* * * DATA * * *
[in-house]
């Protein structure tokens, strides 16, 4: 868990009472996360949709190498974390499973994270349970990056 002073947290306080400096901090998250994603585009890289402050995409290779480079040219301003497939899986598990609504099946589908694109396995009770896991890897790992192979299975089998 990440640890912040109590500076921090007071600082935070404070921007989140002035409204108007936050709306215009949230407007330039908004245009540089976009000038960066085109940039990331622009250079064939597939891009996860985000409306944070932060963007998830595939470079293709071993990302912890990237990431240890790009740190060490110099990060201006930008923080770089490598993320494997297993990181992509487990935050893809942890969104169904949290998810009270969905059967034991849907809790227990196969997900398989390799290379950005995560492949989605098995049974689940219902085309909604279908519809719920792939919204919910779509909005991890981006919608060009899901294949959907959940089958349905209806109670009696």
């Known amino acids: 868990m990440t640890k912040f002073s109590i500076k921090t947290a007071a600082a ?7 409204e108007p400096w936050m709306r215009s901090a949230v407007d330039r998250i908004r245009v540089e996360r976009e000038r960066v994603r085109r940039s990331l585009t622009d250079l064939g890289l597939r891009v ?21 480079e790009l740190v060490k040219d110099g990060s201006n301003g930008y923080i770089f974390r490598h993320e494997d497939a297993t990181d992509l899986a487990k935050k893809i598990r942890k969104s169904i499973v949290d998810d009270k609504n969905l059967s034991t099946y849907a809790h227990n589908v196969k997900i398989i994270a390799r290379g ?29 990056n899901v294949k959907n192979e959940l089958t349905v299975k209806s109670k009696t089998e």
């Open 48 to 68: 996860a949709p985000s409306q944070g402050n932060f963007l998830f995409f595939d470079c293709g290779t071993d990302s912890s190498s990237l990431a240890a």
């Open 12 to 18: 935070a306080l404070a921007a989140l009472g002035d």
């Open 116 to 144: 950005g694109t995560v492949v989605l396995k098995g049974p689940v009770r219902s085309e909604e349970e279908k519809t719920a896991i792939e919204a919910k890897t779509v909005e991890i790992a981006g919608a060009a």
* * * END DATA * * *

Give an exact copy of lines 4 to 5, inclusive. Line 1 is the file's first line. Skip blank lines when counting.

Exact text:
């Open 48 to 68: 996860a949709p985000s409306q944070g402050n932060f963007l998830f995409f595939d470079c293709g290779t071993d990302s912890s190498s990237l990431a240890a």
């Open 12 to 18: 935070a306080l404070a921007a989140l009472g002035d």